Among the aggravating factors the jury weighed in arriving at the death sentence were the heinous and brutal nature of firebombing murders in which Coleman's mother, his step-sister, his 15-month old son, two nephews aged 12 and 15, and a niece, 10, were killed.
The trial included testimony from Eugene Coleman and from Lamont Lewis who admitted that he had thrown a gasoline can into the Coleman home on North Sixth Street, turning the house into an inferno. Lewis said he was acting on orders from Kaboni Savage that were relayed to him through Kidada Savage.
The victims, prosecutors said and autopsy reports showed, had been "cooked" in a raging inferno that quickly engulfed the house shortly before 6 a.m. on Oct. 9, 2004. The murders of children and helpless victims were aggravating factors cited by the prosecution in seeking the death sentence.
Lewis testified that Merritt was with him and helped set the fire. The jury found Merritt not guilty of the six murder-in-aid-of-racketeering charges, but guilty of the racketeering conspiracy that was part of the arson. He could be sentenced to life as a result, but avoided a death sentence hearing.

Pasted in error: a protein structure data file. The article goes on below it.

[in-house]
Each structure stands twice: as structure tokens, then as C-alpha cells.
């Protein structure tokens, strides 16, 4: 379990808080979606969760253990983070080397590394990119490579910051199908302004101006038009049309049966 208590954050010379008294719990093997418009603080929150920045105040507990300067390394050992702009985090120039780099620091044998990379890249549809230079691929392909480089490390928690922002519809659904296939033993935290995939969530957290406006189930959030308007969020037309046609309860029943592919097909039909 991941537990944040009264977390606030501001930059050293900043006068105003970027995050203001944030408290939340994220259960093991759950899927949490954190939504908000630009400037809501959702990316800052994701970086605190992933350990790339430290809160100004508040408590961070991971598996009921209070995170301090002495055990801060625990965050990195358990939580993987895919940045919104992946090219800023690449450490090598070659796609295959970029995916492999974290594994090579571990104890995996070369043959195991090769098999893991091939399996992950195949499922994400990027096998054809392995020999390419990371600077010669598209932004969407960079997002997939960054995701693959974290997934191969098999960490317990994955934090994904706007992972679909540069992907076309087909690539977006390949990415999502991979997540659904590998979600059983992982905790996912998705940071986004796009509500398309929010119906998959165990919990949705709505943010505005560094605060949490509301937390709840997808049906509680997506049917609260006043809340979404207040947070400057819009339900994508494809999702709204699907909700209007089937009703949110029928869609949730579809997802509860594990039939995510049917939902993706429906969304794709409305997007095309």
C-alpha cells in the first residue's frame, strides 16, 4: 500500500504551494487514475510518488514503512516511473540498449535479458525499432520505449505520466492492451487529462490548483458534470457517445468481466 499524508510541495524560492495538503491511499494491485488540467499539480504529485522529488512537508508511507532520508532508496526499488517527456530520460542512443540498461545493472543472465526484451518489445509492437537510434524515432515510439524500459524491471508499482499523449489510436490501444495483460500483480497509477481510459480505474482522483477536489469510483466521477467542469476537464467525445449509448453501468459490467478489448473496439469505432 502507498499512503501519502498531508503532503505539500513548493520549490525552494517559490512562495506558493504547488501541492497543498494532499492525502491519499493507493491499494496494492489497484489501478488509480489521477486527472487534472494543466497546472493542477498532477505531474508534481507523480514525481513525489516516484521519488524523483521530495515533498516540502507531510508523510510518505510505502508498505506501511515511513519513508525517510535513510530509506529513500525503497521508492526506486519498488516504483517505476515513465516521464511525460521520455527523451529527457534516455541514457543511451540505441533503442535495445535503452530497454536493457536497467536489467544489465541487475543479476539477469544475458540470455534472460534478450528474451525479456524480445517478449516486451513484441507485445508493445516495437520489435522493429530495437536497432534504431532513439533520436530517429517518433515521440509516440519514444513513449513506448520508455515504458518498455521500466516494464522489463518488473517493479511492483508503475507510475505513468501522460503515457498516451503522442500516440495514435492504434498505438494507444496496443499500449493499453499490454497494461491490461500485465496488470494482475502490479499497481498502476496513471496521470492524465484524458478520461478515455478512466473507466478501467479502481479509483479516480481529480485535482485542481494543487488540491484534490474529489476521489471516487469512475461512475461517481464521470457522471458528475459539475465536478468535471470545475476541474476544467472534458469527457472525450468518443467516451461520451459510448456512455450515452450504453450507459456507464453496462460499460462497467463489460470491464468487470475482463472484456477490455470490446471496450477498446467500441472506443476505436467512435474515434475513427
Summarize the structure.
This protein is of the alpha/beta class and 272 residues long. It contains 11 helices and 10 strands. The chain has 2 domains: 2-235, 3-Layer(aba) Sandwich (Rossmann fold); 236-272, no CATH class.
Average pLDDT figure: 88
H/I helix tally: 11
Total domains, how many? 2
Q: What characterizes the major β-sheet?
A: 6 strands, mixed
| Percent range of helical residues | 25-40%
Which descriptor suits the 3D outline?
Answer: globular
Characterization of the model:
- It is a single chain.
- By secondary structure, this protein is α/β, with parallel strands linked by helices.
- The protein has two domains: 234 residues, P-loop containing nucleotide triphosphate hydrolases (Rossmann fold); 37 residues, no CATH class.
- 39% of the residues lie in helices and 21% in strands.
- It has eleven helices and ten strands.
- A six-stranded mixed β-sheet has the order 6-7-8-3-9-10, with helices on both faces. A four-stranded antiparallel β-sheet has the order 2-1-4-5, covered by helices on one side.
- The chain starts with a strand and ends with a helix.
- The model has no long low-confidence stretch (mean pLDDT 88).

In voting for the death sentence, the jurors rejected the impassioned plea of defense attorney William Purpura who in his closing arguments on Wednesday asked the panel to end the violence by choosing a life sentence for the convicted drug kingpin. He also asked the panel not to impose a harsher sentence on his client than the sentence that will be imposed on Lamont Lewis.
Lewis, under the terms of his plea agreement, faces 40 years to life.
Federal prosecutor Steven Mellin, on the other hand, argued that a death sentence was the only way to insure that Savage would not try to reach out from prison to murder witnesses or their families.
Eight of the 12 murders listed in the case were linked to witness intimidation, including the 2004 firebombing. The jury also heard hundreds of secretly recorded conversation in which Savage ranted and raged against cooperators, threatening to kill them and their families.
There were also devastating tapes in which he laughed and cackled about the firebombing and about killing the children of other witness. (Six of those Savage tapes can be heard on Bigtrial.net.). On one he joked that Coleman should have been given "barbecue sauce" to take to the funerals of his family members and that the sauce should have been poured "on those burnt bitches."